Municipal Internet projects pose a threat to industry fiefdoms because they offer citizens a relatively cheap alternative to commercial ISP's costly and incomplete services. Moreover, they're easy to implement and administer and, as a result, growing more popular with local politicians and citizens. Viewed in light of day, the industry's recent putsch to quash local access is an undemocratic effort to stifle innovation and consumer choice.
Still, homegrown efforts to link up citizens may be on the losing side of this important battle.
As reported earlier in this space, major telecoms -- eager to dominate the multi-billion-dollar ISP market -- have begun to stake out territory wherever municipal broadband had begun to take root. They seek to frame community wireless projects as "costly mistakes" that are an afront to the American ideal of free enterprise.
Don't believe a word of it.
"Access to the Internet today is as much a necessity of life as the more traditional services and should be available to all," writes Jonathan Baltuch, an economic development consultant from St. Cloud, Florida, a city that provides its citizens with a wireless network covering 30 square miles. Baltuch emailed MediaCitizen to explain how St Cloud's network has proven everything but a "costly mistake":
Here is an interesting St. Cloud economic stimulus factoid: Average St Cloud residential annual Internet access cost -- $450, Average St Cloud residential annual property tax bill (city portion only) -- $300. By the city providing this one service to its residents the average household savings will be 50% more than the average tax bill for all city services. Further the $3 - $4 million per year that is leaving the city to flow to corporate headquarters all over the country will stay in the local economy.Verizon, in particular, has been aggressive in snubbing such civic WiFi efforts wherever they emerge. But the company is not alone. Other large commercial telecom services such as Comcast, Qwest and SBC -- whose tentacles reach well into the pockets of legislators in all 50 states -- are arguing that municipalities have no business serving as ISP's, that such initiatives are against citizens' best economic interests, and that telcos should be granted the first right to refuse municipal WiFi projects that overlap where their commercial services are available.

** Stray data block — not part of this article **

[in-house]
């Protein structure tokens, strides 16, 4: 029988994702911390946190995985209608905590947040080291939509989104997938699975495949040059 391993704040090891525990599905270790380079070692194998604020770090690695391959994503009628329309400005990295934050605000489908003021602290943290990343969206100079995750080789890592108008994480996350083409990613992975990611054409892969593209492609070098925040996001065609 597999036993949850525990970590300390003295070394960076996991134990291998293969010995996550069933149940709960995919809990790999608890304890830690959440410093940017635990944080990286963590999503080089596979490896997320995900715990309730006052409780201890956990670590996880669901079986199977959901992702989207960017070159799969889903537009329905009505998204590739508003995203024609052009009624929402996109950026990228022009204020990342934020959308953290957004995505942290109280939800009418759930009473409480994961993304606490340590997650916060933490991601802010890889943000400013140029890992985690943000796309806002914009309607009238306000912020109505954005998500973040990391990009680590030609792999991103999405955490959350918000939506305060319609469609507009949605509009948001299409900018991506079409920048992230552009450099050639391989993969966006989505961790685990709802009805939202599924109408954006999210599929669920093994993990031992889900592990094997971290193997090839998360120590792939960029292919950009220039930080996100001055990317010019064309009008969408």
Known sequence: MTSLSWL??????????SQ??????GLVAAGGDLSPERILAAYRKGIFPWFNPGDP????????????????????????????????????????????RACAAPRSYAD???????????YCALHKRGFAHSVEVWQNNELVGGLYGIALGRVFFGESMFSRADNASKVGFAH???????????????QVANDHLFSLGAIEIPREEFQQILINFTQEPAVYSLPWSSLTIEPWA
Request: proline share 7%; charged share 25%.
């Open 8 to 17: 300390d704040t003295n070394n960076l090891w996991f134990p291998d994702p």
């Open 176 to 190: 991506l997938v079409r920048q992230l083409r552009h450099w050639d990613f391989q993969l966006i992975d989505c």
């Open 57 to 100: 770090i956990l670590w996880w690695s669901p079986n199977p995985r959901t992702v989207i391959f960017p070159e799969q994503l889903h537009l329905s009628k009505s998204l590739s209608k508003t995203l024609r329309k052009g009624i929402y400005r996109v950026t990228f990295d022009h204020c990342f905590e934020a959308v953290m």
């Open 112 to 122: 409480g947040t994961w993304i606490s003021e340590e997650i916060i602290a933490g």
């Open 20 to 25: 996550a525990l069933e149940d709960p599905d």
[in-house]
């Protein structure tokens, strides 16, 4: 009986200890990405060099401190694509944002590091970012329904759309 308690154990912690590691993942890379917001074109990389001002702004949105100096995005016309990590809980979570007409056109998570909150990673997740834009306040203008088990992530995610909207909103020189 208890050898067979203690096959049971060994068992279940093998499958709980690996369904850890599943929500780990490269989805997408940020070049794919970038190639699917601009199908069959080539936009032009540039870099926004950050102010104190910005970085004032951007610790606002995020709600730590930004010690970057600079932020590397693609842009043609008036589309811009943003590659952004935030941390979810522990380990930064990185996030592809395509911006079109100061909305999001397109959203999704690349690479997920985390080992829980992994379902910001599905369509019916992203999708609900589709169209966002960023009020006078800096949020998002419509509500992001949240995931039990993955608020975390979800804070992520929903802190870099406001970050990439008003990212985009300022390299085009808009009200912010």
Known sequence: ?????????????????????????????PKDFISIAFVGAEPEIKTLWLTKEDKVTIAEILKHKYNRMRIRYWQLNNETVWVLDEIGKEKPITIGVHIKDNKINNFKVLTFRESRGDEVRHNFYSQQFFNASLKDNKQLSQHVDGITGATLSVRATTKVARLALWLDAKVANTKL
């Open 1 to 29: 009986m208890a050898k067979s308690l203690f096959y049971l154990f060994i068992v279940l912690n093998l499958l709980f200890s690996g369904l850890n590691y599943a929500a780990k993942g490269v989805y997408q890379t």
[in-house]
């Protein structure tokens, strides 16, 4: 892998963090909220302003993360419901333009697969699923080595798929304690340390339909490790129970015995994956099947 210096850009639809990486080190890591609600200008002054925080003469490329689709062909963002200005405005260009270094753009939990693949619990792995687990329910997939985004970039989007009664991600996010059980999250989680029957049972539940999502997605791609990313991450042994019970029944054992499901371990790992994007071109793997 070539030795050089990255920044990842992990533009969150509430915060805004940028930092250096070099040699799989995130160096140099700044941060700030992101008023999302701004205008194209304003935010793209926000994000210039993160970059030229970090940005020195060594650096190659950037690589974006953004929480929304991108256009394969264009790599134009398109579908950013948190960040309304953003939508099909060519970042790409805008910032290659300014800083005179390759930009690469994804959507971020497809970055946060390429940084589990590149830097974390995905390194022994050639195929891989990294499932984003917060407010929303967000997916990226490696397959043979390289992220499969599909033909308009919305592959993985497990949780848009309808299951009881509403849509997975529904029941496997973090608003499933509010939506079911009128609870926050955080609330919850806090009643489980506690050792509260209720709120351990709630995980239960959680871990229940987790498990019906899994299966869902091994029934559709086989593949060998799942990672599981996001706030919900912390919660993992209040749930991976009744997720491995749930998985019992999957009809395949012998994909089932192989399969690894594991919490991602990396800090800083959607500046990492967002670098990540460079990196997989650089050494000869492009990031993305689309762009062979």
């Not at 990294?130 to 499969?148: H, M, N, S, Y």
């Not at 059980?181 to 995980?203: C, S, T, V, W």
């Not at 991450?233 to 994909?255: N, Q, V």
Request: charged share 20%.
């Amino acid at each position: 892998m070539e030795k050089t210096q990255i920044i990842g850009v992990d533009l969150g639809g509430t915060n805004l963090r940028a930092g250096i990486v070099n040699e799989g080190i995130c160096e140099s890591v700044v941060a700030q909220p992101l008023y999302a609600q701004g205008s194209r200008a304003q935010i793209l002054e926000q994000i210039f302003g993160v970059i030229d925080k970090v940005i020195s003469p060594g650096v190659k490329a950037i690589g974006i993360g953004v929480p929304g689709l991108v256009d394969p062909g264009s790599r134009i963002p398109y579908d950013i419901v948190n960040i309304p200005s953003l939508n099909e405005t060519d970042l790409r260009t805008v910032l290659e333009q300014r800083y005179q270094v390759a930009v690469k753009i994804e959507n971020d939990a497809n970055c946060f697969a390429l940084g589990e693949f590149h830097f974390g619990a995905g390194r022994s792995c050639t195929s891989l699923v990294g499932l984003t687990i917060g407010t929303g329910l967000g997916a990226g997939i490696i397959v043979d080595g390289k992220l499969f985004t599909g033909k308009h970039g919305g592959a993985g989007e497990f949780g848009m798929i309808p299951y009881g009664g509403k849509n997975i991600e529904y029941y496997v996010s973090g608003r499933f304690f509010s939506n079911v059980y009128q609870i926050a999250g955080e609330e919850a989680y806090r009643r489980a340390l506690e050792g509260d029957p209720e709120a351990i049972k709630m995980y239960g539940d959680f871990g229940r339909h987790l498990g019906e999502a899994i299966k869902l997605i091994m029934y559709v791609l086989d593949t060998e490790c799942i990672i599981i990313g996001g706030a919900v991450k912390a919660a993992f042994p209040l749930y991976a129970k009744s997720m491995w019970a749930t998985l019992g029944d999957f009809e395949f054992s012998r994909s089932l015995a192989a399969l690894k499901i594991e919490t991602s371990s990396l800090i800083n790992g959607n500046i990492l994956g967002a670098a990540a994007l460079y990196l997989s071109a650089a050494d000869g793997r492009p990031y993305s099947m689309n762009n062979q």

The industry is working with pliant legislators in statehouses from Pennsylvania to Nebraska, Iowa and Indiana and elsewhere to draft opaque legislation that quashes municipal efforts to provide local neighborhoods and businesses with access.
The Cato Institute is expected soon to release its own report attacking municipal wireless. Cato, receives money from Verizon Communications, Time Warner, Inc, SBC Communications, Comcast Corporation and Freedom Communications -- all companies seeking to put a stake through the heart of homegrown broadband systems.
“There is, however, much less consensus about these sorts of government projects today than there was during the heyday of federal support for high-technology research back in the 1970s and 1980s,” writes Lee Gomes in Monday's Wall Street Journal. Gomes repeats the charge that both big phone companies -- which have lobbied in state legislatures to outlaw these networks -- and conservative Washington think tanks -- which tend to oppose activist-government initiatives -- are joining forces.
As a result of this two-pronged campaign to stamp out local innovation and widen the moat around the industry's existing services, America has fallen to the back of the pack of developed nations in providing broadband to their citizens. If industry gains a controlling hand in this battle, we will continue to lag behind more consumer friendly nations in Asia and Western Europe in offering access to the full array of online options.
MediaCitizens need to mobilize now in support of community Internet. You can learn more by visiting our coalition partners at Free Press, Consumers Union and MuniWireless.com, linking up with others who are building municipal wireless networks in your neighborhood and helping build a media of, by and for the people.
Or check out a community wireless network in action. Sascha Meinrath helped build the Champaign-Urbana Community Wireless Network (CUWiN) using the same "WiFi" equipment available off-the-shelf for homes and offices, but he and his colleagues put it on rooftops to connect neighbors over several square miles.